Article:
If bodies are temples, Susan McCarty is an expert demolitionist. In Anatomies, McCarty breaks these temples down, rips through drywall and flesh, tears sexuality and humanity from their hinges, and leaves behind the barebones, the nervous system, the warm, buzzing electrical impulses buried beneath the exteriors of the temples housing her characters. If bodies are temples, Susan McCarty is an expert demolitionist. In Anatomies, McCarty breaks these temples down, rips through drywall and flesh, tears sexuality and humanity from their hinges, and leaves behind the barebones, the nervous system, the warm, buzzing electrical impulses buried beneath the exteriors of the temples housing her characters.
The images included in this collection work hand-in-hand with McCarty’s mastering of language and breaking-down of body: 1600s medical illustrations by Gerard de Lairesse, all thoughtfully paired with each story. “Another Zombie Story” is paired with severed heads, the skin peeled back to expose brain. A fetus in a split open torso, uterus exposed, is poised across from “The Good Son.” With these bodies splayed open, one almost has the urge to wince, to turn away, and McCarty’s stories produce the same effect: a jarring, raw, realness that begs readers not to look away while simultaneously creating that stomach-squirming feeling of an incoming cringe.
One story dredging up this feeling more than the others is “Kindness.” In this piece, our narrator Tom is a gigolo, but not your average gigolo. His clientele all seek to have their most violent fantasies fulfilled. When fantasy carries over into reality, Tom’s relationship with his girlfriend Maggie is affected in ways he never expected. Even if readers think they know what’s in store, the ending still imparts a sinking feeling and I was grateful for the blank page between this story and the next, a small moment of relief after an emotional barrage.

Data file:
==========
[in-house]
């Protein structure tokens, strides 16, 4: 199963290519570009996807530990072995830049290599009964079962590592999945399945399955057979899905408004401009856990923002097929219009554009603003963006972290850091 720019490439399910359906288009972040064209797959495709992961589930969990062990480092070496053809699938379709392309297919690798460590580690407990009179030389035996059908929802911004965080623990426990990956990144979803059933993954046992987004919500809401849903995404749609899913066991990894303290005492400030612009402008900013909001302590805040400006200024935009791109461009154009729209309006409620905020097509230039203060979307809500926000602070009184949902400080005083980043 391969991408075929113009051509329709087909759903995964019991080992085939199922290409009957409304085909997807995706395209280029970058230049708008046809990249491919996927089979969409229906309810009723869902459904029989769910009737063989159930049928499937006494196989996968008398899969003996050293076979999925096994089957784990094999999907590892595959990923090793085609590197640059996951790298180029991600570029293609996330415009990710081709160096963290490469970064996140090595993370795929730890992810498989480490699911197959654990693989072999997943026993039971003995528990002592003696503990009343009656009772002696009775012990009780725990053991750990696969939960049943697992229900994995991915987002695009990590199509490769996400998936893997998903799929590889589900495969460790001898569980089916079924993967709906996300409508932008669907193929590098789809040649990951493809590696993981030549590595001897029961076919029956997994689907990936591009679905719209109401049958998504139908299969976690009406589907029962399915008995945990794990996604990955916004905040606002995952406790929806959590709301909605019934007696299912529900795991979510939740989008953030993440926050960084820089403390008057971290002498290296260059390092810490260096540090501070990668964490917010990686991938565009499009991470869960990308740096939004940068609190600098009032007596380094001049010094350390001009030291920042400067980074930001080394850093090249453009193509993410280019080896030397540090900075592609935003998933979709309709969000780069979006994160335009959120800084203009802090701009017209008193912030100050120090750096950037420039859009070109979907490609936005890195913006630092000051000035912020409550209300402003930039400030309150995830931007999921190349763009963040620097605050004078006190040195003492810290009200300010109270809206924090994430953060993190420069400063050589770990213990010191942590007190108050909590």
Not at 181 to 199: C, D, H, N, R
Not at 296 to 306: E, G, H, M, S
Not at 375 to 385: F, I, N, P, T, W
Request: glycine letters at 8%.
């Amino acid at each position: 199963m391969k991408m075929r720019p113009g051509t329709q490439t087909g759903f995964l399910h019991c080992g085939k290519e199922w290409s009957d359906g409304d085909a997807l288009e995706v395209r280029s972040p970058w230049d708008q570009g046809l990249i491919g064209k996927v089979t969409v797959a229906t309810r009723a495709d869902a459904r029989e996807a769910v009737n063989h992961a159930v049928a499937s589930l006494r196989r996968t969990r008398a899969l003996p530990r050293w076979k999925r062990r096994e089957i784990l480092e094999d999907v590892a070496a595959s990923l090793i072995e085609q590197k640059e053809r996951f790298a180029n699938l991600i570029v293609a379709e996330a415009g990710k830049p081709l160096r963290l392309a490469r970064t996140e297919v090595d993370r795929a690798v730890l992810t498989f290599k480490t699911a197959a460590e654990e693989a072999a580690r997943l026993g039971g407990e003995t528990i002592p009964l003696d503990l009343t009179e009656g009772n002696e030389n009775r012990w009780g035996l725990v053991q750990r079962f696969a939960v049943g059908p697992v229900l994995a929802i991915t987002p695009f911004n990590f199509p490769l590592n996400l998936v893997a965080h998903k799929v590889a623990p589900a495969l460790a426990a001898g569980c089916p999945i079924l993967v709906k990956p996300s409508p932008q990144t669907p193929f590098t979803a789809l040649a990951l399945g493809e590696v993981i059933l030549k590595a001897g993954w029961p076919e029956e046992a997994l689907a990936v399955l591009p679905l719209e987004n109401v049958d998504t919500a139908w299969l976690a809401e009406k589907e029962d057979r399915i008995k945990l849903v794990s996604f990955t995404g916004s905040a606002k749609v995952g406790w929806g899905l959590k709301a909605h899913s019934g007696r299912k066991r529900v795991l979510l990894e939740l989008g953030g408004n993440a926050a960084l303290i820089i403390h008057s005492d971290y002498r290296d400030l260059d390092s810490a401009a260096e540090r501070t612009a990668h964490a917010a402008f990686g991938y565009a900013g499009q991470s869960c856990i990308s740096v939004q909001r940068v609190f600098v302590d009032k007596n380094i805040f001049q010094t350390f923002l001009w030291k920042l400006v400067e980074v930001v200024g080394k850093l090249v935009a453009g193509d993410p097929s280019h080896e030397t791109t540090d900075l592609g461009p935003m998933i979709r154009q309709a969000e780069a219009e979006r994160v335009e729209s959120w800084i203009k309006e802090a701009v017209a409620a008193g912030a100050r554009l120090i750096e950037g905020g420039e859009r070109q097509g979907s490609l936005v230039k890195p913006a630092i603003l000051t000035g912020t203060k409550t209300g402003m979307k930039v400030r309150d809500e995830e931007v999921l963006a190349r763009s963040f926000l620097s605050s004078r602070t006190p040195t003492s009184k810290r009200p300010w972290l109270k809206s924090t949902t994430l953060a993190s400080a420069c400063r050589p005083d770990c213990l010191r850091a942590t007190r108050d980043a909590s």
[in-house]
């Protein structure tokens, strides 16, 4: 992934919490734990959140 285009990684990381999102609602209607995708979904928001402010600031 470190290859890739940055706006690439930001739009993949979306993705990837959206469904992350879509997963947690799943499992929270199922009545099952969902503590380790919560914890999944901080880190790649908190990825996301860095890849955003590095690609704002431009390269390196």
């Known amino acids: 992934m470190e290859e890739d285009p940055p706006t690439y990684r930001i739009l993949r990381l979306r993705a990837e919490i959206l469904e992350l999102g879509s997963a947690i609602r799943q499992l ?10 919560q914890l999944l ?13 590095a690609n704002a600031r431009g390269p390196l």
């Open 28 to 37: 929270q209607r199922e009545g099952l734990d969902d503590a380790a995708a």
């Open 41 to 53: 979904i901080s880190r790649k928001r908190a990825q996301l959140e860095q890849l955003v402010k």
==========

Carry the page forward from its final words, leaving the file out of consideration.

While there are these moments of quiet relief in Anatomies, they don’t last long. In “Indirect Object,” an ACT tutor is corralled into the grief of a dead student’s family; in “Shearing Day,” teenage boys grapple with the variances in their burgeoning masculinity after heart transplants, one’s machismo giving way to catastrophic consequences; and in “Fellowship,” a teen girl plunges into her sexuality for the summer while her parents’ relationship fails. Each of these stories if full of tension and vulnerability, absorbing readers before pulling the rug out from under them. Reading McCarty’s collection creates caution in the reader: we know we’re going to be hit in the face with raw emotion somewhere within each story. We know the tension will become too much and the moment will snap, but we still can’t force ourselves to look away.
McCarty is inventive, and never formulaic. Even the stories we think we’ve heard before are given a new twist, like in “Field Reports.” A drunken hook-up is turned into—you guessed it—a field report:
Blood alcohol levels:
Bar: Red-shadowed, hung with ghosts of smoked cigarettes
No longer hazy but retaining a memory of haze
Table: Tippy, salted, black
Chairs: Ripped and titled toward each other
X: Polyester wrap dress: black
Heels: blister-raising, spine-arching
Some Spanx™ shaping undergarments present
Y: Jeans: designer
Dress shirt: untucked, roll-sleeved, lavender
“Anamnesis: An Epilogue” takes a similar route, a character study (perhaps of McCarty herself) turned almost sterile, as if read from a medical chart.
Anatomies is not a collection for the reader who doesn’t want to get their hands dirty. McCarty invites us to pick up a sledgehammer alongside her and give it a swing—to break down the walls of her characters while tunneling through our own deconstructed temples where we might find the things we’ve hidden or forgotten in ourselves. So go get your hands dirty, reader. Break your temple down.